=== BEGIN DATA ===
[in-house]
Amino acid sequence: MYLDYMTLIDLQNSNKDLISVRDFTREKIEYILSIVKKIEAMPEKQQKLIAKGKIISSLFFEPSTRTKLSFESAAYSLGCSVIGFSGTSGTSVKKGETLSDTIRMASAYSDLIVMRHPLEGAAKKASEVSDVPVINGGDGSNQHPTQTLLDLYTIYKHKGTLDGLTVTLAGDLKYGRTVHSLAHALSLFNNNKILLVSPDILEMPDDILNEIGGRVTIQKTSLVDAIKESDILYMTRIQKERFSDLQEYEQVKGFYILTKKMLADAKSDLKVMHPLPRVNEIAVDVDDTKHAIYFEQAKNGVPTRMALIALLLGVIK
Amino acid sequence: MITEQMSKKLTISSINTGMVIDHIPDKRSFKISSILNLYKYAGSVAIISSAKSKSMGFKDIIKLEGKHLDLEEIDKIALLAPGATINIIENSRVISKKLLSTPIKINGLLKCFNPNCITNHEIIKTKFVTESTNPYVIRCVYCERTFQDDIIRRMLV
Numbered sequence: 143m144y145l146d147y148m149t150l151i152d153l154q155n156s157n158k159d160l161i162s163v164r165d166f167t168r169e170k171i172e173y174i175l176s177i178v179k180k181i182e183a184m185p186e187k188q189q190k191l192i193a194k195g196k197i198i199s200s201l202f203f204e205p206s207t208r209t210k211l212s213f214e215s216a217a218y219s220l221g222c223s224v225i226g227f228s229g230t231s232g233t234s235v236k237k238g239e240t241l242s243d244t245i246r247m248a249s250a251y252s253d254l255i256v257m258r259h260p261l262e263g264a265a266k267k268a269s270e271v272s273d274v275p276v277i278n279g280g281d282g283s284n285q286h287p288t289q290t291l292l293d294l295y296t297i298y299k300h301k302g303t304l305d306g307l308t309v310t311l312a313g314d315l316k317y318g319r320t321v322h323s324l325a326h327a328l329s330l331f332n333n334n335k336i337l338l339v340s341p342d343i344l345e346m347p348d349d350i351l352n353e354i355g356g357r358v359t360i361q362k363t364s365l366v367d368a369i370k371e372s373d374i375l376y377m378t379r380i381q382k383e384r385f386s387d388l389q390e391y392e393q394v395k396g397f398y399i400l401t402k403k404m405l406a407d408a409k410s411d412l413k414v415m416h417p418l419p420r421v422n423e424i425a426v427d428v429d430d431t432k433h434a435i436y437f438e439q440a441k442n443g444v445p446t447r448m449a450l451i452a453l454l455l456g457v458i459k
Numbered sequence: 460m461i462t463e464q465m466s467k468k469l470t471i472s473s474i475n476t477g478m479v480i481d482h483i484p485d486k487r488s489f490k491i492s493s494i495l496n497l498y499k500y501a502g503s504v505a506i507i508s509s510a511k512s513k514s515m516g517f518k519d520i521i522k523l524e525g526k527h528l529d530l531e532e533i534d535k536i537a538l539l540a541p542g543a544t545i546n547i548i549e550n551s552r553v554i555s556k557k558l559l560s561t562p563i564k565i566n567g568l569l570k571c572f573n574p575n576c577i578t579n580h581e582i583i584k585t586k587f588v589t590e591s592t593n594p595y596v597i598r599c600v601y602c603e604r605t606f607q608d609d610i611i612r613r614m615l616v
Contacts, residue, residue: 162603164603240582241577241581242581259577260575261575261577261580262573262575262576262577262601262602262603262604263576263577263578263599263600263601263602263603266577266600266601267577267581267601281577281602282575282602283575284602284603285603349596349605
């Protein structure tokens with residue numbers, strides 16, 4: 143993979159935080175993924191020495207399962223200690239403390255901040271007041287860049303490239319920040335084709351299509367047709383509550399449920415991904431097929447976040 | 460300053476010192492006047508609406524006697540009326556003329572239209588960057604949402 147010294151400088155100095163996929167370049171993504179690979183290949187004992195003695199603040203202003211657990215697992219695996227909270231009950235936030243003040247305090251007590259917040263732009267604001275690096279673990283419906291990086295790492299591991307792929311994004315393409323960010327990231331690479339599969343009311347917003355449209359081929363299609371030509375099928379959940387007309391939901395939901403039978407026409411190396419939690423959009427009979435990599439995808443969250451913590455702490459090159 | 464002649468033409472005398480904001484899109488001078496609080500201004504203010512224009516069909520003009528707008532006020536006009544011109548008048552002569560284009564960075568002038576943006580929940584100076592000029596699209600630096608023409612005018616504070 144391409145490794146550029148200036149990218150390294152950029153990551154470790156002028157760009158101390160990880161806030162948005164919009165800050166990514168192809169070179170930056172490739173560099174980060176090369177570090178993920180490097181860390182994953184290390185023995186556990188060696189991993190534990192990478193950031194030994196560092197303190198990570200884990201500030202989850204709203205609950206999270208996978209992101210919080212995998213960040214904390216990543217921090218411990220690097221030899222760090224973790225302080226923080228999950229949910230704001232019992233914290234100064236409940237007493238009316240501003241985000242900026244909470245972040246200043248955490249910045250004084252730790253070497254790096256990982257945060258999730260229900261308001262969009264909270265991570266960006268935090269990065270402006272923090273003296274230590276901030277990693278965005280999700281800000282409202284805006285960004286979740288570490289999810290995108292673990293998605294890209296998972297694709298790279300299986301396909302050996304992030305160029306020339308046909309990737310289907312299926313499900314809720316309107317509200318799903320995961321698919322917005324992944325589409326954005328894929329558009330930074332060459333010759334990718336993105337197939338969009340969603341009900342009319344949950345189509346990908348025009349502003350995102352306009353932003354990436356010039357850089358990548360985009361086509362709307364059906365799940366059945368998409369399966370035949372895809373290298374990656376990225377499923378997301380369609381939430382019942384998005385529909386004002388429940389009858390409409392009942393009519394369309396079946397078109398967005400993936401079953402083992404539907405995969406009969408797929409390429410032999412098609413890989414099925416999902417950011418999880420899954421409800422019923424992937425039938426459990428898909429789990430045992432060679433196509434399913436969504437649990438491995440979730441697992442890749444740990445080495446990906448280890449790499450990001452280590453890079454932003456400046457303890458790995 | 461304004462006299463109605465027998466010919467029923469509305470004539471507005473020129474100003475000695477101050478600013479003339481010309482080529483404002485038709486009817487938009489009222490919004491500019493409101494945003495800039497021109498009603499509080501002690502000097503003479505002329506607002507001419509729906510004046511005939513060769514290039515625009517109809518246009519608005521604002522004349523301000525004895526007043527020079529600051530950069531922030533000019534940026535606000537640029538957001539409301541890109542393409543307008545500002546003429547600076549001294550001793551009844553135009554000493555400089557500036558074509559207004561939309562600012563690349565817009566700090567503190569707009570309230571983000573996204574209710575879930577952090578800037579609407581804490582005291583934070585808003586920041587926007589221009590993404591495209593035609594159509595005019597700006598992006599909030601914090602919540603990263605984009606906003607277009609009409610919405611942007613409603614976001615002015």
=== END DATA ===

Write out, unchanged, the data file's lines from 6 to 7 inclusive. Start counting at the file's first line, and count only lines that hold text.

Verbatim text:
Contacts, residue, residue: 162603164603240582241577241581242581259577260575261575261577261580262573262575262576262577262601262602262603262604263576263577263578263599263600263601263602263603266577266600266601267577267581267601281577281602282575282602283575284602284603285603349596349605
């Protein structure tokens with residue numbers, strides 16, 4: 143993979159935080175993924191020495207399962223200690239403390255901040271007041287860049303490239319920040335084709351299509367047709383509550399449920415991904431097929447976040 | 460300053476010192492006047508609406524006697540009326556003329572239209588960057604949402 147010294151400088155100095163996929167370049171993504179690979183290949187004992195003695199603040203202003211657990215697992219695996227909270231009950235936030243003040247305090251007590259917040263732009267604001275690096279673990283419906291990086295790492299591991307792929311994004315393409323960010327990231331690479339599969343009311347917003355449209359081929363299609371030509375099928379959940387007309391939901395939901403039978407026409411190396419939690423959009427009979435990599439995808443969250451913590455702490459090159 | 464002649468033409472005398480904001484899109488001078496609080500201004504203010512224009516069909520003009528707008532006020536006009544011109548008048552002569560284009564960075568002038576943006580929940584100076592000029596699209600630096608023409612005018616504070 144391409145490794146550029148200036149990218150390294152950029153990551154470790156002028157760009158101390160990880161806030162948005164919009165800050166990514168192809169070179170930056172490739173560099174980060176090369177570090178993920180490097181860390182994953184290390185023995186556990188060696189991993190534990192990478193950031194030994196560092197303190198990570200884990201500030202989850204709203205609950206999270208996978209992101210919080212995998213960040214904390216990543217921090218411990220690097221030899222760090224973790225302080226923080228999950229949910230704001232019992233914290234100064236409940237007493238009316240501003241985000242900026244909470245972040246200043248955490249910045250004084252730790253070497254790096256990982257945060258999730260229900261308001262969009264909270265991570266960006268935090269990065270402006272923090273003296274230590276901030277990693278965005280999700281800000282409202284805006285960004286979740288570490289999810290995108292673990293998605294890209296998972297694709298790279300299986301396909302050996304992030305160029306020339308046909309990737310289907312299926313499900314809720316309107317509200318799903320995961321698919322917005324992944325589409326954005328894929329558009330930074332060459333010759334990718336993105337197939338969009340969603341009900342009319344949950345189509346990908348025009349502003350995102352306009353932003354990436356010039357850089358990548360985009361086509362709307364059906365799940366059945368998409369399966370035949372895809373290298374990656376990225377499923378997301380369609381939430382019942384998005385529909386004002388429940389009858390409409392009942393009519394369309396079946397078109398967005400993936401079953402083992404539907405995969406009969408797929409390429410032999412098609413890989414099925416999902417950011418999880420899954421409800422019923424992937425039938426459990428898909429789990430045992432060679433196509434399913436969504437649990438491995440979730441697992442890749444740990445080495446990906448280890449790499450990001452280590453890079454932003456400046457303890458790995 | 461304004462006299463109605465027998466010919467029923469509305470004539471507005473020129474100003475000695477101050478600013479003339481010309482080529483404002485038709486009817487938009489009222490919004491500019493409101494945003495800039497021109498009603499509080501002690502000097503003479505002329506607002507001419509729906510004046511005939513060769514290039515625009517109809518246009519608005521604002522004349523301000525004895526007043527020079529600051530950069531922030533000019534940026535606000537640029538957001539409301541890109542393409543307008545500002546003429547600076549001294550001793551009844553135009554000493555400089557500036558074509559207004561939309562600012563690349565817009566700090567503190569707009570309230571983000573996204574209710575879930577952090578800037579609407581804490582005291583934070585808003586920041587926007589221009590993404591495209593035609594159509595005019597700006598992006599909030601914090602919540603990263605984009606906003607277009609009409610919405611942007613409603614976001615002015």